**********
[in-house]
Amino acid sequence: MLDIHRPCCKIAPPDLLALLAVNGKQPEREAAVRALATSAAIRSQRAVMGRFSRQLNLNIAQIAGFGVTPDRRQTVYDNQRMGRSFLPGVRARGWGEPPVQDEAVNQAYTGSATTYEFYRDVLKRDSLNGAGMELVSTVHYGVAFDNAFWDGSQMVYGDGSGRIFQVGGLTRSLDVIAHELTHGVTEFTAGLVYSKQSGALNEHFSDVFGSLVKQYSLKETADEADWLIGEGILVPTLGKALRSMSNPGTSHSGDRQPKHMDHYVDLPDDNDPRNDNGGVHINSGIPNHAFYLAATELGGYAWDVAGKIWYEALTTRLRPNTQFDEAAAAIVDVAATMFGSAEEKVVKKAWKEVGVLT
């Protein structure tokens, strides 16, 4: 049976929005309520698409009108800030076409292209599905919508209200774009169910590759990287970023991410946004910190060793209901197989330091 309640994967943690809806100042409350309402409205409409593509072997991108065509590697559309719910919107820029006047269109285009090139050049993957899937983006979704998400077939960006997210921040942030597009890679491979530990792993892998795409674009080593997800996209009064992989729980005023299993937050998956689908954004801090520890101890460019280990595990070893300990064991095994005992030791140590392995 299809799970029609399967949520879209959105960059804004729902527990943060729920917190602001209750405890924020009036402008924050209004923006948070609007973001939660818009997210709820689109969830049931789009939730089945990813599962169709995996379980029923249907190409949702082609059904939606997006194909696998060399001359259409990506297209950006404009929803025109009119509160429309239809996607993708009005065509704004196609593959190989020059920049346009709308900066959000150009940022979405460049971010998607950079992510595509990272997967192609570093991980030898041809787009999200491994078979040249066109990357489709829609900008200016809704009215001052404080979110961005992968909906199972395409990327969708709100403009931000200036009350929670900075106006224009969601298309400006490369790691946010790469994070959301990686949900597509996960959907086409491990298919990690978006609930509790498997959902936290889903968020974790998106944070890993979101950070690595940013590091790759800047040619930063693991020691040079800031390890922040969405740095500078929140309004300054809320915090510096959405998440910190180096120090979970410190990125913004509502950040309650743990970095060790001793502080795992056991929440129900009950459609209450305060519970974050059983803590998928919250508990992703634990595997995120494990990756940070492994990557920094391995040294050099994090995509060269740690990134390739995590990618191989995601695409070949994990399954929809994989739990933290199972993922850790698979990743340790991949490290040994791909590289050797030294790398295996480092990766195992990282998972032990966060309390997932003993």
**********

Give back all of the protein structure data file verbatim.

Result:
[in-house]
Amino acid sequence: MLDIHRPCCKIAPPDLLALLAVNGKQPEREAAVRALATSAAIRSQRAVMGRFSRQLNLNIAQIAGFGVTPDRRQTVYDNQRMGRSFLPGVRARGWGEPPVQDEAVNQAYTGSATTYEFYRDVLKRDSLNGAGMELVSTVHYGVAFDNAFWDGSQMVYGDGSGRIFQVGGLTRSLDVIAHELTHGVTEFTAGLVYSKQSGALNEHFSDVFGSLVKQYSLKETADEADWLIGEGILVPTLGKALRSMSNPGTSHSGDRQPKHMDHYVDLPDDNDPRNDNGGVHINSGIPNHAFYLAATELGGYAWDVAGKIWYEALTTRLRPNTQFDEAAAAIVDVAATMFGSAEEKVVKKAWKEVGVLT
């Protein structure tokens, strides 16, 4: 049976929005309520698409009108800030076409292209599905919508209200774009169910590759990287970023991410946004910190060793209901197989330091 309640994967943690809806100042409350309402409205409409593509072997991108065509590697559309719910919107820029006047269109285009090139050049993957899937983006979704998400077939960006997210921040942030597009890679491979530990792993892998795409674009080593997800996209009064992989729980005023299993937050998956689908954004801090520890101890460019280990595990070893300990064991095994005992030791140590392995 299809799970029609399967949520879209959105960059804004729902527990943060729920917190602001209750405890924020009036402008924050209004923006948070609007973001939660818009997210709820689109969830049931789009939730089945990813599962169709995996379980029923249907190409949702082609059904939606997006194909696998060399001359259409990506297209950006404009929803025109009119509160429309239809996607993708009005065509704004196609593959190989020059920049346009709308900066959000150009940022979405460049971010998607950079992510595509990272997967192609570093991980030898041809787009999200491994078979040249066109990357489709829609900008200016809704009215001052404080979110961005992968909906199972395409990327969708709100403009931000200036009350929670900075106006224009969601298309400006490369790691946010790469994070959301990686949900597509996960959907086409491990298919990690978006609930509790498997959902936290889903968020974790998106944070890993979101950070690595940013590091790759800047040619930063693991020691040079800031390890922040969405740095500078929140309004300054809320915090510096959405998440910190180096120090979970410190990125913004509502950040309650743990970095060790001793502080795992056991929440129900009950459609209450305060519970974050059983803590998928919250508990992703634990595997995120494990990756940070492994990557920094391995040294050099994090995509060269740690990134390739995590990618191989995601695409070949994990399954929809994989739990933290199972993922850790698979990743340790991949490290040994791909590289050797030294790398295996480092990766195992990282998972032990966060309390997932003993």